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[Disorders of serum sodium in emergency patients : salt in the soup of emergency medicine].

Der Anaesthesist 2013 April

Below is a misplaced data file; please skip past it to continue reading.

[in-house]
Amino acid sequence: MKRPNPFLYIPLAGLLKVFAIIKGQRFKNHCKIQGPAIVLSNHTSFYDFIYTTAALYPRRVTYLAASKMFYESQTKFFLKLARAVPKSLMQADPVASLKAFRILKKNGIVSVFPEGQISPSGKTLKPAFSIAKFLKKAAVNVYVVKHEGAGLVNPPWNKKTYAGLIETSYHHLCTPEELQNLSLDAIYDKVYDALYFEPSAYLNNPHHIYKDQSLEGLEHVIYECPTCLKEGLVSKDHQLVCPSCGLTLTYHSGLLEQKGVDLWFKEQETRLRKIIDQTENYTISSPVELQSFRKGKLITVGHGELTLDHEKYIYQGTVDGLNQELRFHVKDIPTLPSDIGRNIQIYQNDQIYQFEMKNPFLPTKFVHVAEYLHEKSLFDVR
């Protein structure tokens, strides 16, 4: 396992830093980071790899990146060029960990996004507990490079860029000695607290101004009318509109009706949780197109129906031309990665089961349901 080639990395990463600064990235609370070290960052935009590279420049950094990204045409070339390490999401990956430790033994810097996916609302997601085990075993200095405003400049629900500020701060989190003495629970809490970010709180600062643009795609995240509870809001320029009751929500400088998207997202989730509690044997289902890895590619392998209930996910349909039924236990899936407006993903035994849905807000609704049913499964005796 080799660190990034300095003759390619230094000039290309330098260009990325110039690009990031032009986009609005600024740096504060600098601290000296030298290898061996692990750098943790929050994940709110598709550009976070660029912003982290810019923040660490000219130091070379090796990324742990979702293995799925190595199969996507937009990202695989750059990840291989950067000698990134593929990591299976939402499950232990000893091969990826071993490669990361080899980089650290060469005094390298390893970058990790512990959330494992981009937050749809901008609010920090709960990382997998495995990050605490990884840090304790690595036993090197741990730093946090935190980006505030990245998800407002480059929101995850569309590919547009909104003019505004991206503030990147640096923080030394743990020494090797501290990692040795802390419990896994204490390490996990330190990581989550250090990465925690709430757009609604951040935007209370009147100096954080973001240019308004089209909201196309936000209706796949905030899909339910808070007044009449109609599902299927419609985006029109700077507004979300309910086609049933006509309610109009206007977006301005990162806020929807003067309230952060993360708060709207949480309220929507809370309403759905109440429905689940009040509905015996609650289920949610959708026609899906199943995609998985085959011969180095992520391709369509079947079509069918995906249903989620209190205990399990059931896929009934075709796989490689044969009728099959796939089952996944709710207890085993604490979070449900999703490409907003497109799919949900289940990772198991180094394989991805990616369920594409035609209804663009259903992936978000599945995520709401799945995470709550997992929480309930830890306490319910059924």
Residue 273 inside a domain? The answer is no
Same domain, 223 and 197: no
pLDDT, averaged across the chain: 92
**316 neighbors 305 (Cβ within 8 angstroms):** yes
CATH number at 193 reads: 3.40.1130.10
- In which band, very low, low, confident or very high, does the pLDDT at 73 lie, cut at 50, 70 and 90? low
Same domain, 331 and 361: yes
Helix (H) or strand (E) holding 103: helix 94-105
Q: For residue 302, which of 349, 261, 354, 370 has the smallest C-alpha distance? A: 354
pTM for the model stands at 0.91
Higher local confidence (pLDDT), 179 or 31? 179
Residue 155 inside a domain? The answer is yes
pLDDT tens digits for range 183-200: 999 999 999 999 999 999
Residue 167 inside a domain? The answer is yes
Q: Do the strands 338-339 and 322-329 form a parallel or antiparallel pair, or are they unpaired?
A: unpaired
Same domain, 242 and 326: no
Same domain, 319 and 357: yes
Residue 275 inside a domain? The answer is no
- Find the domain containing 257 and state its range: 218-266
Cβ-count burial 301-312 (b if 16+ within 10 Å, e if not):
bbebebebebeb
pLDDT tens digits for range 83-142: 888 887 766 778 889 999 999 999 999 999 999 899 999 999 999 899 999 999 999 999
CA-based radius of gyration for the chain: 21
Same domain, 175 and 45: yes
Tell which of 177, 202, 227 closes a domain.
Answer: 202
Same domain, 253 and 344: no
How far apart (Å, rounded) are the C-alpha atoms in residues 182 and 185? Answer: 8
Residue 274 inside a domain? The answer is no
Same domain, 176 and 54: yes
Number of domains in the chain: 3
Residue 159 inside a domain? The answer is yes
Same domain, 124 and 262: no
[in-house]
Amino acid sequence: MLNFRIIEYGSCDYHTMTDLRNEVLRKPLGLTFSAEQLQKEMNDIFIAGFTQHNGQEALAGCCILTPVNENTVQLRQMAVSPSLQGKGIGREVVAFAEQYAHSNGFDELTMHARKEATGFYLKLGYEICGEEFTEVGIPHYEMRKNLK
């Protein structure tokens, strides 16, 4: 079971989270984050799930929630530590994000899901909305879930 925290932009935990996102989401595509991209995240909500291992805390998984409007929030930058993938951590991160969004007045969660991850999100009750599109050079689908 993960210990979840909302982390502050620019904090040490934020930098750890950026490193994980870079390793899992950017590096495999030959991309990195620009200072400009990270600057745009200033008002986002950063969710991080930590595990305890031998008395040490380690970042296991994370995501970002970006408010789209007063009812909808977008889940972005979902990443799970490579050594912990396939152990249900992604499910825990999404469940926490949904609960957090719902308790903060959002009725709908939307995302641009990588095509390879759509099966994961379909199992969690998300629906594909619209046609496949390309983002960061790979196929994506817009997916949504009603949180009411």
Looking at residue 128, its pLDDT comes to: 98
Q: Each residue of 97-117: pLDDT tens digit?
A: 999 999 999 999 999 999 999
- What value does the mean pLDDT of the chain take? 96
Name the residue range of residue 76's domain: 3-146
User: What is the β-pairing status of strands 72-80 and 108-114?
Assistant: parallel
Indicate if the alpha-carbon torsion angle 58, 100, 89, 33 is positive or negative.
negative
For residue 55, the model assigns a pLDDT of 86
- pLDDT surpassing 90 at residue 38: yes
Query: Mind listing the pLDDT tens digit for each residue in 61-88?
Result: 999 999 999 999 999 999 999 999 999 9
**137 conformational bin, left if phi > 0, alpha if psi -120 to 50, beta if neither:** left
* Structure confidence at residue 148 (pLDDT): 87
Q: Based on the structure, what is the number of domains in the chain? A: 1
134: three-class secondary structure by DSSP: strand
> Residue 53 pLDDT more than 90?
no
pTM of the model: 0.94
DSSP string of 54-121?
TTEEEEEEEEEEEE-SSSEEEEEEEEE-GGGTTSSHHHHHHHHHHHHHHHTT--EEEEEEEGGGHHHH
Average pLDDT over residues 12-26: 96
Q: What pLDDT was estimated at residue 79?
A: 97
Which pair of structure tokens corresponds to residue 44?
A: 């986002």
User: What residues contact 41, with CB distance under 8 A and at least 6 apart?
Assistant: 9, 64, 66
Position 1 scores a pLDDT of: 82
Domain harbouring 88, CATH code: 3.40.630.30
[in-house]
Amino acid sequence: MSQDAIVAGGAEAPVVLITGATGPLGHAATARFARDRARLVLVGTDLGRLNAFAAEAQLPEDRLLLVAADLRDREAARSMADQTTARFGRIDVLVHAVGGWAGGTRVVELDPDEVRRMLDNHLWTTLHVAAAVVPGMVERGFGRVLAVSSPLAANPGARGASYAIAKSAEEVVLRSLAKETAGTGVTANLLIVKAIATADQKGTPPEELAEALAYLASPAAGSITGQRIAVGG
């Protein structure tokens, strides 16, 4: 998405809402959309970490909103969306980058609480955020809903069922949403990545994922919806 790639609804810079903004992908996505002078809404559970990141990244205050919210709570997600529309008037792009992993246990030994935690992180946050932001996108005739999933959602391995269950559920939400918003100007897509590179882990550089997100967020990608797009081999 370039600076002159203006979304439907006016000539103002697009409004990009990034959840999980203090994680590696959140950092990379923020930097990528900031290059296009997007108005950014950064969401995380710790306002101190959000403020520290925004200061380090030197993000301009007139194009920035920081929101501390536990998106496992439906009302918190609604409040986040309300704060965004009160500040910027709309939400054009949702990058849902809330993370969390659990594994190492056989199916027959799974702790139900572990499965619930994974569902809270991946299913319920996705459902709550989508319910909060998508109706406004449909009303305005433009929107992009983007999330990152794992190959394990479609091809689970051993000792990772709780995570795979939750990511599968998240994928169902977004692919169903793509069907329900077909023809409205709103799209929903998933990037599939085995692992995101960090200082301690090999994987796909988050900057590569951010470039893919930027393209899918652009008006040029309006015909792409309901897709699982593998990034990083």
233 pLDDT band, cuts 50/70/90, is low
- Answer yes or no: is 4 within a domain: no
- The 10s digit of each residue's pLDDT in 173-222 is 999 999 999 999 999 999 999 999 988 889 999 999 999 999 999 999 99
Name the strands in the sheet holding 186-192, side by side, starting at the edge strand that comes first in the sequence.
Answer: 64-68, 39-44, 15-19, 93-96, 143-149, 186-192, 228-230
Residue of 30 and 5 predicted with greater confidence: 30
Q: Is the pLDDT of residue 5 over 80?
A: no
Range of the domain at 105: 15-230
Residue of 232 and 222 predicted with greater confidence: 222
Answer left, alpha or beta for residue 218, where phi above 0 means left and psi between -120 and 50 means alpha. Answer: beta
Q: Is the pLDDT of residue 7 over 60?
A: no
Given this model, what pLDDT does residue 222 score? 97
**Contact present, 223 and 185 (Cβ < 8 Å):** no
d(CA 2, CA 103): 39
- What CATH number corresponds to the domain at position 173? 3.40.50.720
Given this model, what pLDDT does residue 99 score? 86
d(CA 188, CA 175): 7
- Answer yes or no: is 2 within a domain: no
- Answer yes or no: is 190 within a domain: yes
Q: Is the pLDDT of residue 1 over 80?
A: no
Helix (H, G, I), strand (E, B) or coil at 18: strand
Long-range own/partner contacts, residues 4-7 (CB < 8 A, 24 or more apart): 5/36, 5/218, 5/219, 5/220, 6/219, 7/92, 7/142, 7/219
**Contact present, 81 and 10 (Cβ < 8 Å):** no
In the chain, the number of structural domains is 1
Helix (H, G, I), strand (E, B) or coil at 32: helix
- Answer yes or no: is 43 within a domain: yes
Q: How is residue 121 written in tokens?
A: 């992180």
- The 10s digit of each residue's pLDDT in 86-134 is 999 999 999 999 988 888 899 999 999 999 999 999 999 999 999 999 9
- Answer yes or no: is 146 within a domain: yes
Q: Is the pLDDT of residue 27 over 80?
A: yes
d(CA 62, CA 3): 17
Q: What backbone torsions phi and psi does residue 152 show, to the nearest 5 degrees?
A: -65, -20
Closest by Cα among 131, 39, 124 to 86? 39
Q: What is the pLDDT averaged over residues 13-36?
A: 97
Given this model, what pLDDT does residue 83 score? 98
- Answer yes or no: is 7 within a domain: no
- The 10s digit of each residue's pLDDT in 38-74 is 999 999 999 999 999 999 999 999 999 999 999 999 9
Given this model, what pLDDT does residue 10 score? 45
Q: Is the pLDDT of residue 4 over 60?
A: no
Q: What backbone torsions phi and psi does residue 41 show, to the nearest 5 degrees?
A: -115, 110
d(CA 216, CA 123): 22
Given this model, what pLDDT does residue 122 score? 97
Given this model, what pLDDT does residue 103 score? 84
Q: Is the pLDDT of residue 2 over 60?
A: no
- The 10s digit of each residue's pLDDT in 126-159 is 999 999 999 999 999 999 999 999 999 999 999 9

Electrolyte disorders are common and potentially fatal laboratory findings in emergency patients. Approximately 20 % of patients in the emergency department present with either hyponatremia or hypernatremia. Recently it was shown that disorders of serum sodium are not only an expression of the severity of the underlying disease but independent predictors for the outcome of patients. They directly influence patient daily life by causing not only gait and concentration disturbances but also an increased tendency to fall together with a reduced bone mass. Given these new data it is even more important to detect and adequately correct dysnatremia in patients in the emergency department. Acute, symptomatic dysnatremia should be corrected promptly by use of 3 % NaCl for hyponatremia and 5 % glucose for hypernatremia. A close monitoring of serum sodium concentration is, however, essential in any case of correction of hyponatremia or hypernatremia in order to avoid rapid overcorrection and subsequent complications. A profound knowledge of the mechanisms underlying the development of hyponatremia, e.g. diuretics, syndrome of inappropriate antidiuretic hormone secretion (SIADH), heart failure and cirrhosis of the liver and hypernatremia, e.g. dehydration, infusions, diuretics and osmotic diuresis is essential. The present article describes the epidemiology, etiology and correction of hyponatremia and hypernatremia on the basis of current knowledge with special emphasis on emergency department patients.

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